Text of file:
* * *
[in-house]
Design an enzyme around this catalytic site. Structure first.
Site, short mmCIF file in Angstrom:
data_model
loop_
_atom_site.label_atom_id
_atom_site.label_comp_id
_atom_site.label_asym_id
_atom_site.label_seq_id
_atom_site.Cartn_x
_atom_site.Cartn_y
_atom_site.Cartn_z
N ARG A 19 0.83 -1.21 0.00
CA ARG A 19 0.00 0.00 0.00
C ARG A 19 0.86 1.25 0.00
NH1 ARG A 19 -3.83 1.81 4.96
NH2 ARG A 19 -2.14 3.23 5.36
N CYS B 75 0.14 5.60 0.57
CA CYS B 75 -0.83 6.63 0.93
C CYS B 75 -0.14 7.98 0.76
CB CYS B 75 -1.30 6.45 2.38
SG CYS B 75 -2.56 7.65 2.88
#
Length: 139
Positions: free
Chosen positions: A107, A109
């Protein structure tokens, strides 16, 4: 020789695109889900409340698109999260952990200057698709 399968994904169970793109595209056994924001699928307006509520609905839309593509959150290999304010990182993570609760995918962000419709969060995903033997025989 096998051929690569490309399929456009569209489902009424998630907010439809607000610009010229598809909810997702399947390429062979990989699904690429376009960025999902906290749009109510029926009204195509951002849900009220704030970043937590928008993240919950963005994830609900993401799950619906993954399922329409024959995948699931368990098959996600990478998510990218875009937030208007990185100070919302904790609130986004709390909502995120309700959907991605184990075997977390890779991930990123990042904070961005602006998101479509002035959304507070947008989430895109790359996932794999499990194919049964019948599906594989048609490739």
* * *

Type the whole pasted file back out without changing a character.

[in-house]
Design an enzyme around this catalytic site. Structure first.
Site, short mmCIF file in Angstrom:
data_model
loop_
_atom_site.label_atom_id
_atom_site.label_comp_id
_atom_site.label_asym_id
_atom_site.label_seq_id
_atom_site.Cartn_x
_atom_site.Cartn_y
_atom_site.Cartn_z
N ARG A 19 0.83 -1.21 0.00
CA ARG A 19 0.00 0.00 0.00
C ARG A 19 0.86 1.25 0.00
NH1 ARG A 19 -3.83 1.81 4.96
NH2 ARG A 19 -2.14 3.23 5.36
N CYS B 75 0.14 5.60 0.57
CA CYS B 75 -0.83 6.63 0.93
C CYS B 75 -0.14 7.98 0.76
CB CYS B 75 -1.30 6.45 2.38
SG CYS B 75 -2.56 7.65 2.88
#
Length: 139
Positions: free
Chosen positions: A107, A109
């Protein structure tokens, strides 16, 4: 020789695109889900409340698109999260952990200057698709 399968994904169970793109595209056994924001699928307006509520609905839309593509959150290999304010990182993570609760995918962000419709969060995903033997025989 096998051929690569490309399929456009569209489902009424998630907010439809607000610009010229598809909810997702399947390429062979990989699904690429376009960025999902906290749009109510029926009204195509951002849900009220704030970043937590928008993240919950963005994830609900993401799950619906993954399922329409024959995948699931368990098959996600990478998510990218875009937030208007990185100070919302904790609130986004709390909502995120309700959907991605184990075997977390890779991930990123990042904070961005602006998101479509002035959304507070947008989430895109790359996932794999499990194919049964019948599906594989048609490739």